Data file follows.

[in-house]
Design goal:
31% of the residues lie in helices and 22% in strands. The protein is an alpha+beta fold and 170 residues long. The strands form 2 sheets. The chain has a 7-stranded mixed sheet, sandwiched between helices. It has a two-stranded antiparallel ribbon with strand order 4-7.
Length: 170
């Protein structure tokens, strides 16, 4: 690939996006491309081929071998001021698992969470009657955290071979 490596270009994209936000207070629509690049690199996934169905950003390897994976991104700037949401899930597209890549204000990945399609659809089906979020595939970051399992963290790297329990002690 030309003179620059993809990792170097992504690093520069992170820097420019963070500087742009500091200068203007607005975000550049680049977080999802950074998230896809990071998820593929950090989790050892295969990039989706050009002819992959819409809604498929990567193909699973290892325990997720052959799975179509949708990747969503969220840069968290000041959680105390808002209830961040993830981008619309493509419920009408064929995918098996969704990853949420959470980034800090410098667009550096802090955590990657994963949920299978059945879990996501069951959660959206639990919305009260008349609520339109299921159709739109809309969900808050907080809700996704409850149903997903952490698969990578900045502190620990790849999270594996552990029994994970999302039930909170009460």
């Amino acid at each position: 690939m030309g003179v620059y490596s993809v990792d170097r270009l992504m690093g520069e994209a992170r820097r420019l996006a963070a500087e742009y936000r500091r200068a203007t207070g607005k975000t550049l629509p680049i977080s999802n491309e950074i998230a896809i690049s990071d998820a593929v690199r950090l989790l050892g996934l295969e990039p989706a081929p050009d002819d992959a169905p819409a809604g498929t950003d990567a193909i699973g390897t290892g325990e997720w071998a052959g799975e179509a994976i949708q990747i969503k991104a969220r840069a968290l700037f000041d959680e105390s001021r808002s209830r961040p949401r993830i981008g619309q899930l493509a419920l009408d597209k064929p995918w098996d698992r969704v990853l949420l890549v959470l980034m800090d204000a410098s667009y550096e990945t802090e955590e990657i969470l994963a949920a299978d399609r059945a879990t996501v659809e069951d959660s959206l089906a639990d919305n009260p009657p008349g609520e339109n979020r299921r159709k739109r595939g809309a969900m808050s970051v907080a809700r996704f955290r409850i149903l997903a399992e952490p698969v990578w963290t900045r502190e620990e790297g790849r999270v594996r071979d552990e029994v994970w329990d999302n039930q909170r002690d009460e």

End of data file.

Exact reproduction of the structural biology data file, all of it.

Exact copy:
[in-house]
Design goal:
31% of the residues lie in helices and 22% in strands. The protein is an alpha+beta fold and 170 residues long. The strands form 2 sheets. The chain has a 7-stranded mixed sheet, sandwiched between helices. It has a two-stranded antiparallel ribbon with strand order 4-7.
Length: 170
């Protein structure tokens, strides 16, 4: 690939996006491309081929071998001021698992969470009657955290071979 490596270009994209936000207070629509690049690199996934169905950003390897994976991104700037949401899930597209890549204000990945399609659809089906979020595939970051399992963290790297329990002690 030309003179620059993809990792170097992504690093520069992170820097420019963070500087742009500091200068203007607005975000550049680049977080999802950074998230896809990071998820593929950090989790050892295969990039989706050009002819992959819409809604498929990567193909699973290892325990997720052959799975179509949708990747969503969220840069968290000041959680105390808002209830961040993830981008619309493509419920009408064929995918098996969704990853949420959470980034800090410098667009550096802090955590990657994963949920299978059945879990996501069951959660959206639990919305009260008349609520339109299921159709739109809309969900808050907080809700996704409850149903997903952490698969990578900045502190620990790849999270594996552990029994994970999302039930909170009460």
């Amino acid at each position: 690939m030309g003179v620059y490596s993809v990792d170097r270009l992504m690093g520069e994209a992170r820097r420019l996006a963070a500087e742009y936000r500091r200068a203007t207070g607005k975000t550049l629509p680049i977080s999802n491309e950074i998230a896809i690049s990071d998820a593929v690199r950090l989790l050892g996934l295969e990039p989706a081929p050009d002819d992959a169905p819409a809604g498929t950003d990567a193909i699973g390897t290892g325990e997720w071998a052959g799975e179509a994976i949708q990747i969503k991104a969220r840069a968290l700037f000041d959680e105390s001021r808002s209830r961040p949401r993830i981008g619309q899930l493509a419920l009408d597209k064929p995918w098996d698992r969704v990853l949420l890549v959470l980034m800090d204000a410098s667009y550096e990945t802090e955590e990657i969470l994963a949920a299978d399609r059945a879990t996501v659809e069951d959660s959206l089906a639990d919305n009260p009657p008349g609520e339109n979020r299921r159709k739109r595939g809309a969900m808050s970051v907080a809700r996704f955290r409850i149903l997903a399992e952490p698969v990578w963290t900045r502190e620990e790297g790849r999270v594996r071979d552990e029994v994970w329990d999302n039930q909170r002690d009460e």